If you live in an area where tornadoes or hurricanes happen, you already know how important it is to prep early.
With little to no notice, these severe storms roll in with fierce winds. And after they’re gone, they can leave behind devastating destruction and billions of dollars in damage.
According to Adam Jackson, district manager for Davey Tree in Kissimmee/Central Florida, in order to keep your home safe, trees healthy, and minimize damage, prep starts before the season.
“Trees properly maintained are stronger,” Jackson said. “Properly cared for trees can hold their ground in almost any weather, especially heavy winds and downpours. Every proactive step you take now can reduce damage to the tree, property, and additional future risks or failure.”
3 Storm prep steps
Before you begin prepping, know that some trees can weather severe storms better than others. Jacksons says it all depends on the tree– and storm – you have. Your tree’s stability depends on its species, age and health and structure. Plus, the storm’s speed, wind intensity and the amount of precipitation also influence whether your tree will survive.
You can help trees better endure vicious winds and intense rain with these 3 steps below.
1. Structural & hazard pruning. Have your trees inspected for risks by an International Society of Arboriculture Certified Arborist. A Certified arborist who has been certified by the ISA, knows exactly what structural issues pose a risk and can be fixed by pruning. By pruning before the storm, you reduce the chances of downed limbs - or worse, trees that split, uproot or fall.
Structurally pruning your trees in preparation before hurricane season can lessen the chances of property damage by:
1. Decreasing wind resistance with even distribution of branches along each limb, reducing weight, making the limbs stronger.
2. Reducing fallen branches by removing dead, decayed or crossing and rubbing limbs.
3. Keeping your home safe by removing limbs to provide adequate clearance from your home.
2. Calmly cable. Your arborist will also look for limbs that are at risk for failure that need additional support due to weather, such as high winds and rain. By strategically installing a dynamic cabling system or a flexible steel strand cables and heavy bolts, you reduce the likelihood of stress damage to your tree.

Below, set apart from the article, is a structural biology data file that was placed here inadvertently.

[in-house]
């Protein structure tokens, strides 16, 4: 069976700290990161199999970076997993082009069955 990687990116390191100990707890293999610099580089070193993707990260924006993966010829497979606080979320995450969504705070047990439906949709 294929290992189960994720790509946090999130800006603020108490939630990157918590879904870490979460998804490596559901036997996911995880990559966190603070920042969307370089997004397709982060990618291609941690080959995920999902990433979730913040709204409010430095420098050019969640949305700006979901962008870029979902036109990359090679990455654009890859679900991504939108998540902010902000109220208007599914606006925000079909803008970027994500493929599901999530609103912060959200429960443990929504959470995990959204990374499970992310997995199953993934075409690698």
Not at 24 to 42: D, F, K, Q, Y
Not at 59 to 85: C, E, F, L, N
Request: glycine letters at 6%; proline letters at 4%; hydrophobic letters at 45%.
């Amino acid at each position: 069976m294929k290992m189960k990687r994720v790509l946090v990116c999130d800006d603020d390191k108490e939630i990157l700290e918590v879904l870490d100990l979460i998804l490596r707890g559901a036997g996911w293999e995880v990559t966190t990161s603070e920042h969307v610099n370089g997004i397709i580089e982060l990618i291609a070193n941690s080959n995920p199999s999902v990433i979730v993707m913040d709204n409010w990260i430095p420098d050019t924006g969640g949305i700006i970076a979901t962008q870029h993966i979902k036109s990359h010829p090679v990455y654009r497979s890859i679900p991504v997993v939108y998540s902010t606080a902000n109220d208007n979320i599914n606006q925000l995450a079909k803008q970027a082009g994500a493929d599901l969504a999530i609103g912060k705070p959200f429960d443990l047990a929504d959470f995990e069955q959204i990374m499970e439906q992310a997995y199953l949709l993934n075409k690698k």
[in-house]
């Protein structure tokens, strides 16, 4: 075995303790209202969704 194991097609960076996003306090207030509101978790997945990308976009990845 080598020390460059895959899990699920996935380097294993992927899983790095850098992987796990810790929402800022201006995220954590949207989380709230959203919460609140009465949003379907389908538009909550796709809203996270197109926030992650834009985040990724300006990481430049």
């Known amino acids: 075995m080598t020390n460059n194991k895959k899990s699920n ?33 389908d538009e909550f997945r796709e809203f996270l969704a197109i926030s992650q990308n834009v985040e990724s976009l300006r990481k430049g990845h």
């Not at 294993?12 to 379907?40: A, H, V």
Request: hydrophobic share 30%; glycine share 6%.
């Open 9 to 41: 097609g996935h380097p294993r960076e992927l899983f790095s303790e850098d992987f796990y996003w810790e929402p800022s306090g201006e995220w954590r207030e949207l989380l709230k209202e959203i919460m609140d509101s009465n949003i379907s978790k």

Our goal when cabling and bracing a tree is to help strengthen weak branches or limbs so that they are better able to withstand severe weather and to improve their longevity, while reducing potential risk.
3. Boost the roots. Trees with healthier roots are more likely to survive hurricanes or tornadoes. To improve your trees’ root system, regularly feed your trees. When you deliver essential nutrients regularly, your trees become better anchored and overall healthier.
In addition to fertilizing, water your trees deeply when needed and keep them mulched.
Mulch helps tree roots better retain water while also providing nutrients as the mulch breaks down. Plus, mulch helps reduce weeds around trees, which attempt to steal your trees’ water. But when it comes to mulch, it is possible to have too much of a good thing. Piling mulch too high and covering a tree's trunk can cause decay.
Hurricane or tornado resistant trees
While no tree is storm proof, native trees typically survive storms better than exotic, imported trees. Native trees have been growing in the region for thousands of years, have stood the test of time and know how to weather Florida’s storms.
Also, trees grouped together in sets of five or more, rather than lone trees, fare intense storms better. Keep this in mind when planting new trees.
Remember, hurricanes and tornadoes are unpredictable, intense storms. The higher the wind speed, the more likely trees will fail. Once hurricanes reach a Category 3 or tornadoes reach a level F2, research shows their 115-150 mph wind speeds can uproot or destroy a tree – no matter how well prepared you are.
Once a storm subsides, make it a priority to check landscape trees. Keeping trees healthy, pruned and structurally sound helps minimize accidents before the storm. Although defective trees are dangerous, not all of them need to be removed immediately, and some defects can be treated to prolong the life of the tree.